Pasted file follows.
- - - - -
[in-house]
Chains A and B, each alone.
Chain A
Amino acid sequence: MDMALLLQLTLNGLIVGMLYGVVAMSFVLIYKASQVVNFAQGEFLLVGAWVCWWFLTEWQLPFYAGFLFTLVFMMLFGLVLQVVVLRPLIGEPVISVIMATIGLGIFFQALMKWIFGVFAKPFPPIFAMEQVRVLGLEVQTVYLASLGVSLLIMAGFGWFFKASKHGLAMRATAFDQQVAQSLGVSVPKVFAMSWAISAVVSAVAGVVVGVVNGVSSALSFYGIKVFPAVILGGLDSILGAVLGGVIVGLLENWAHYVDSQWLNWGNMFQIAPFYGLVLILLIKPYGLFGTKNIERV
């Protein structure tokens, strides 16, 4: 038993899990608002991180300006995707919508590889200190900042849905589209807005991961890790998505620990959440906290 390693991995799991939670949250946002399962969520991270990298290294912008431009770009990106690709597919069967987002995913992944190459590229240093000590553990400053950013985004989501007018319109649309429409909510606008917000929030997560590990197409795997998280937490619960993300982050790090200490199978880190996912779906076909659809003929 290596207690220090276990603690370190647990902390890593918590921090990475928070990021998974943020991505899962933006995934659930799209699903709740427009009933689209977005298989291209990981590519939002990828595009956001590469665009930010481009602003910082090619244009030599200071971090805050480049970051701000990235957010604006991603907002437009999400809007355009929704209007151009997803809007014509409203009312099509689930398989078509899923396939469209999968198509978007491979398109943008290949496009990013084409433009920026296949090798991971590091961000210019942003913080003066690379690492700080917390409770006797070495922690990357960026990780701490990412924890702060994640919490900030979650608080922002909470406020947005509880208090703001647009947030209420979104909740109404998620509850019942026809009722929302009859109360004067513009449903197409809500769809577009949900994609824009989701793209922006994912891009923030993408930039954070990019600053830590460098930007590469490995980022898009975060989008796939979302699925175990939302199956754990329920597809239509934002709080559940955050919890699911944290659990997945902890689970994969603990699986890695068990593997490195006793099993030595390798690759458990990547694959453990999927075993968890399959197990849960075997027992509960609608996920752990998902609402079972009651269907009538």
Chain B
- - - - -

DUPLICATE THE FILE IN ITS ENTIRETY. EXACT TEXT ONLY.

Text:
[in-house]
Chains A and B, each alone.
Chain A
Amino acid sequence: MDMALLLQLTLNGLIVGMLYGVVAMSFVLIYKASQVVNFAQGEFLLVGAWVCWWFLTEWQLPFYAGFLFTLVFMMLFGLVLQVVVLRPLIGEPVISVIMATIGLGIFFQALMKWIFGVFAKPFPPIFAMEQVRVLGLEVQTVYLASLGVSLLIMAGFGWFFKASKHGLAMRATAFDQQVAQSLGVSVPKVFAMSWAISAVVSAVAGVVVGVVNGVSSALSFYGIKVFPAVILGGLDSILGAVLGGVIVGLLENWAHYVDSQWLNWGNMFQIAPFYGLVLILLIKPYGLFGTKNIERV
């Protein structure tokens, strides 16, 4: 038993899990608002991180300006995707919508590889200190900042849905589209807005991961890790998505620990959440906290 390693991995799991939670949250946002399962969520991270990298290294912008431009770009990106690709597919069967987002995913992944190459590229240093000590553990400053950013985004989501007018319109649309429409909510606008917000929030997560590990197409795997998280937490619960993300982050790090200490199978880190996912779906076909659809003929 290596207690220090276990603690370190647990902390890593918590921090990475928070990021998974943020991505899962933006995934659930799209699903709740427009009933689209977005298989291209990981590519939002990828595009956001590469665009930010481009602003910082090619244009030599200071971090805050480049970051701000990235957010604006991603907002437009999400809007355009929704209007151009997803809007014509409203009312099509689930398989078509899923396939469209999968198509978007491979398109943008290949496009990013084409433009920026296949090798991971590091961000210019942003913080003066690379690492700080917390409770006797070495922690990357960026990780701490990412924890702060994640919490900030979650608080922002909470406020947005509880208090703001647009947030209420979104909740109404998620509850019942026809009722929302009859109360004067513009449903197409809500769809577009949900994609824009989701793209922006994912891009923030993408930039954070990019600053830590460098930007590469490995980022898009975060989008796939979302699925175990939302199956754990329920597809239509934002709080559940955050919890699911944290659990997945902890689970994969603990699986890695068990593997490195006793099993030595390798690759458990990547694959453990999927075993968890399959197990849960075997027992509960609608996920752990998902609402079972009651269907009538």
Chain B